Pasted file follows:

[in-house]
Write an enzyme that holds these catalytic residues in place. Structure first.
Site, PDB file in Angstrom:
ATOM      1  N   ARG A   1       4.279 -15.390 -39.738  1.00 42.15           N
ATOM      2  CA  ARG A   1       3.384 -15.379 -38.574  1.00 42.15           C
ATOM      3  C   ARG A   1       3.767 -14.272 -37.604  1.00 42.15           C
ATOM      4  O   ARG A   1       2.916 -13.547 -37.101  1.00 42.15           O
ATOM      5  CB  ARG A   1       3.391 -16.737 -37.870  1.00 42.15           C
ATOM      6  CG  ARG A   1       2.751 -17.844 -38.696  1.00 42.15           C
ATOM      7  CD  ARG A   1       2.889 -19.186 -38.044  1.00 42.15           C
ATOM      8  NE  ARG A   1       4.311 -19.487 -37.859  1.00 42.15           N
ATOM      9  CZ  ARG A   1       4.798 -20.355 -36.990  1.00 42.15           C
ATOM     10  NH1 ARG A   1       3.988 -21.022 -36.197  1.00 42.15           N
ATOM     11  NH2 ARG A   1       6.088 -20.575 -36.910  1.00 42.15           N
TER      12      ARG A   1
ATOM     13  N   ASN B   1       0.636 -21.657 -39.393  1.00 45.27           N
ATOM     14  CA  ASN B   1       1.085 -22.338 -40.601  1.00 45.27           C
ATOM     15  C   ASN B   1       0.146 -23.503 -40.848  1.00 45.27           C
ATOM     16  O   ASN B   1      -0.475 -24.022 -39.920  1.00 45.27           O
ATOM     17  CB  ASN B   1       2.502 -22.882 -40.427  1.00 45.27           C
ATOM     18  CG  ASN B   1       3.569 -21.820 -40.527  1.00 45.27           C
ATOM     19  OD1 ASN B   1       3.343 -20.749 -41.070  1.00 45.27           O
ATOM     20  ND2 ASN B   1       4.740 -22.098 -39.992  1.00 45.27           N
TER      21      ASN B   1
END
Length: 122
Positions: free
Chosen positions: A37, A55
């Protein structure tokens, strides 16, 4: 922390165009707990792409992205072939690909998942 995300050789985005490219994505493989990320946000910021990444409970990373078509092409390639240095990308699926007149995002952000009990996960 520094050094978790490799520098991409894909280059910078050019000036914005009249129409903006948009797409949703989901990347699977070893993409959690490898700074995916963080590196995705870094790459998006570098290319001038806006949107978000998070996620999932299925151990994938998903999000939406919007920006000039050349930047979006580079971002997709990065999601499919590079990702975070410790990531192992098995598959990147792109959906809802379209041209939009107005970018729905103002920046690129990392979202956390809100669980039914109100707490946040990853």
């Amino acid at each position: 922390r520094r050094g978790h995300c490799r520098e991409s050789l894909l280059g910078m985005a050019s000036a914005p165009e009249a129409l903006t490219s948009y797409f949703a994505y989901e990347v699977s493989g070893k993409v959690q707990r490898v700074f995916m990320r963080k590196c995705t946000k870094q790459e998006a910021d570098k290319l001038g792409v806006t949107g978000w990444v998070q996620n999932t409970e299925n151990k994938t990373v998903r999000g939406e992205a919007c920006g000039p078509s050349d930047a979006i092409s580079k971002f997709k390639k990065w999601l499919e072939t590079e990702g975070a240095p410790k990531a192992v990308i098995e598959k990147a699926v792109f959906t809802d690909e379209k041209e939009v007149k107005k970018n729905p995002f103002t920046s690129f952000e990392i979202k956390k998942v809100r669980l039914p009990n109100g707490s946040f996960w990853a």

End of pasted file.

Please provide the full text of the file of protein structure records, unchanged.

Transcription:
[in-house]
Write an enzyme that holds these catalytic residues in place. Structure first.
Site, PDB file in Angstrom:
ATOM      1  N   ARG A   1       4.279 -15.390 -39.738  1.00 42.15           N
ATOM      2  CA  ARG A   1       3.384 -15.379 -38.574  1.00 42.15           C
ATOM      3  C   ARG A   1       3.767 -14.272 -37.604  1.00 42.15           C
ATOM      4  O   ARG A   1       2.916 -13.547 -37.101  1.00 42.15           O
ATOM      5  CB  ARG A   1       3.391 -16.737 -37.870  1.00 42.15           C
ATOM      6  CG  ARG A   1       2.751 -17.844 -38.696  1.00 42.15           C
ATOM      7  CD  ARG A   1       2.889 -19.186 -38.044  1.00 42.15           C
ATOM      8  NE  ARG A   1       4.311 -19.487 -37.859  1.00 42.15           N
ATOM      9  CZ  ARG A   1       4.798 -20.355 -36.990  1.00 42.15           C
ATOM     10  NH1 ARG A   1       3.988 -21.022 -36.197  1.00 42.15           N
ATOM     11  NH2 ARG A   1       6.088 -20.575 -36.910  1.00 42.15           N
TER      12      ARG A   1
ATOM     13  N   ASN B   1       0.636 -21.657 -39.393  1.00 45.27           N
ATOM     14  CA  ASN B   1       1.085 -22.338 -40.601  1.00 45.27           C
ATOM     15  C   ASN B   1       0.146 -23.503 -40.848  1.00 45.27           C
ATOM     16  O   ASN B   1      -0.475 -24.022 -39.920  1.00 45.27           O
ATOM     17  CB  ASN B   1       2.502 -22.882 -40.427  1.00 45.27           C
ATOM     18  CG  ASN B   1       3.569 -21.820 -40.527  1.00 45.27           C
ATOM     19  OD1 ASN B   1       3.343 -20.749 -41.070  1.00 45.27           O
ATOM     20  ND2 ASN B   1       4.740 -22.098 -39.992  1.00 45.27           N
TER      21      ASN B   1
END
Length: 122
Positions: free
Chosen positions: A37, A55
């Protein structure tokens, strides 16, 4: 922390165009707990792409992205072939690909998942 995300050789985005490219994505493989990320946000910021990444409970990373078509092409390639240095990308699926007149995002952000009990996960 520094050094978790490799520098991409894909280059910078050019000036914005009249129409903006948009797409949703989901990347699977070893993409959690490898700074995916963080590196995705870094790459998006570098290319001038806006949107978000998070996620999932299925151990994938998903999000939406919007920006000039050349930047979006580079971002997709990065999601499919590079990702975070410790990531192992098995598959990147792109959906809802379209041209939009107005970018729905103002920046690129990392979202956390809100669980039914109100707490946040990853």
């Amino acid at each position: 922390r520094r050094g978790h995300c490799r520098e991409s050789l894909l280059g910078m985005a050019s000036a914005p165009e009249a129409l903006t490219s948009y797409f949703a994505y989901e990347v699977s493989g070893k993409v959690q707990r490898v700074f995916m990320r963080k590196c995705t946000k870094q790459e998006a910021d570098k290319l001038g792409v806006t949107g978000w990444v998070q996620n999932t409970e299925n151990k994938t990373v998903r999000g939406e992205a919007c920006g000039p078509s050349d930047a979006i092409s580079k971002f997709k390639k990065w999601l499919e072939t590079e990702g975070a240095p410790k990531a192992v990308i098995e598959k990147a699926v792109f959906t809802d690909e379209k041209e939009v007149k107005k970018n729905p995002f103002t920046s690129f952000e990392i979202k956390k998942v809100r669980l039914p009990n109100g707490s946040f996960w990853a």